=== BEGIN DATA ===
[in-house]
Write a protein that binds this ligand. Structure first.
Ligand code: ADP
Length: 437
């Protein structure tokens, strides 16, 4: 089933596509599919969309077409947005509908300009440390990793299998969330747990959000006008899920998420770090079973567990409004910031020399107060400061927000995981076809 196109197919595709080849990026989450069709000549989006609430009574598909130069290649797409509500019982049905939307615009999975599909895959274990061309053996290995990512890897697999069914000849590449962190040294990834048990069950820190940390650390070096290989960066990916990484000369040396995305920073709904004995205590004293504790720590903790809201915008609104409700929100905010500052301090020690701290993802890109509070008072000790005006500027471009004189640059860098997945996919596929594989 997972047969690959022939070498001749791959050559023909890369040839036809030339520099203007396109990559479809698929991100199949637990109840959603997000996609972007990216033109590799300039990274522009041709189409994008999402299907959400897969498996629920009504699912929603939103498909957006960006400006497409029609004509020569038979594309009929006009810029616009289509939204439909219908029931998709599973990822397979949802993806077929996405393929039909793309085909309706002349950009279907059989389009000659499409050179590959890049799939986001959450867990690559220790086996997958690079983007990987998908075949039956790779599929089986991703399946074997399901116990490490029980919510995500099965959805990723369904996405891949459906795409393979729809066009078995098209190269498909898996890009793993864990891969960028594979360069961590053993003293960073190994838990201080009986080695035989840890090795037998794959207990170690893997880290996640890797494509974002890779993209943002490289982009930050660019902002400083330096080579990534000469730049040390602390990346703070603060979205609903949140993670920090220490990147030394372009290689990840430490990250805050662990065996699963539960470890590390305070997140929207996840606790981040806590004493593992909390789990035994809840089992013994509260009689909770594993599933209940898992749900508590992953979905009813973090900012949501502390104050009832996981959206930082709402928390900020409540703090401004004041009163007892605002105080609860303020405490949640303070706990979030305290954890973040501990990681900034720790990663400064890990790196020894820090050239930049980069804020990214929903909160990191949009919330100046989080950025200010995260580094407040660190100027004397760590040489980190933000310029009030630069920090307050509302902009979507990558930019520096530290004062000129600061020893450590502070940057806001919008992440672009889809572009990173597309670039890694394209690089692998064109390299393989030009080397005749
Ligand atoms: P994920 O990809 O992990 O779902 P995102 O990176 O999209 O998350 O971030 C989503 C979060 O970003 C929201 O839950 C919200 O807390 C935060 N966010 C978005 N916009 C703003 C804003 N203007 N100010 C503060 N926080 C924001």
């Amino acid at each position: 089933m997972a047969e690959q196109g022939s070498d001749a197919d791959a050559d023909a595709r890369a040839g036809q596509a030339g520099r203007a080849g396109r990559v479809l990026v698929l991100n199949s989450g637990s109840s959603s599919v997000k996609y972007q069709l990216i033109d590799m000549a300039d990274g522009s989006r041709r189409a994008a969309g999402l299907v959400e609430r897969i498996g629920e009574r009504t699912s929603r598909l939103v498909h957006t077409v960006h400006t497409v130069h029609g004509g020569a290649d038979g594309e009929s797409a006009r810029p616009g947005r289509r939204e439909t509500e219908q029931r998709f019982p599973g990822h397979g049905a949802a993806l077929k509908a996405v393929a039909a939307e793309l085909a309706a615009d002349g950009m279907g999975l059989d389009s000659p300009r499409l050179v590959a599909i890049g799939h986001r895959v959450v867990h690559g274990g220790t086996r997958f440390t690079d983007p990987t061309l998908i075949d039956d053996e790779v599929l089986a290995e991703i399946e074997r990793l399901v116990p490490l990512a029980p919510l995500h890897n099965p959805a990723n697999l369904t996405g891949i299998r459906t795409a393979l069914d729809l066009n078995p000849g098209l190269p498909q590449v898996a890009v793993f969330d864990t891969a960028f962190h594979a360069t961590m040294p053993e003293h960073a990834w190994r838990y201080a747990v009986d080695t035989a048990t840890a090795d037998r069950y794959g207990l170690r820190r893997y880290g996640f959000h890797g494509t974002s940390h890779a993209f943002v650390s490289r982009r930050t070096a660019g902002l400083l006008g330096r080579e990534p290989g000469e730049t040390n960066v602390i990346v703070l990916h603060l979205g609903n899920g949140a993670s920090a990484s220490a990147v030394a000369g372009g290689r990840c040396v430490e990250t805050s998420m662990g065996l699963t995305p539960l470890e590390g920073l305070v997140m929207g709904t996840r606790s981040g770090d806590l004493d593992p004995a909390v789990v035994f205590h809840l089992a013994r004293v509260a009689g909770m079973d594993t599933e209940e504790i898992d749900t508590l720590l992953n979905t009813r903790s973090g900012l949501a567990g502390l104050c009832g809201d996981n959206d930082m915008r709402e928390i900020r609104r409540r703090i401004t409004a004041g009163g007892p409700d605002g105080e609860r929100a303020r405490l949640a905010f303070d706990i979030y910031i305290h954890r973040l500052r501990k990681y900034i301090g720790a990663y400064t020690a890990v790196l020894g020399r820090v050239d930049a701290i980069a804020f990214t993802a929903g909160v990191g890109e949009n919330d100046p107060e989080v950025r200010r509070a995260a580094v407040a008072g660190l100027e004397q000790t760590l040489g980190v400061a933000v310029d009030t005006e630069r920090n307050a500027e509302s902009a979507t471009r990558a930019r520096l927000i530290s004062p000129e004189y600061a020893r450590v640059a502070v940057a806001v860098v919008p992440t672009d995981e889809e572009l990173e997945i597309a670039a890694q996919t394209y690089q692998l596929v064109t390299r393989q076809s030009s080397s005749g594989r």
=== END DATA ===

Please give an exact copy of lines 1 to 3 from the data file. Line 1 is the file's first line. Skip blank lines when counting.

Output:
[in-house]
Write a protein that binds this ligand. Structure first.
Ligand code: ADP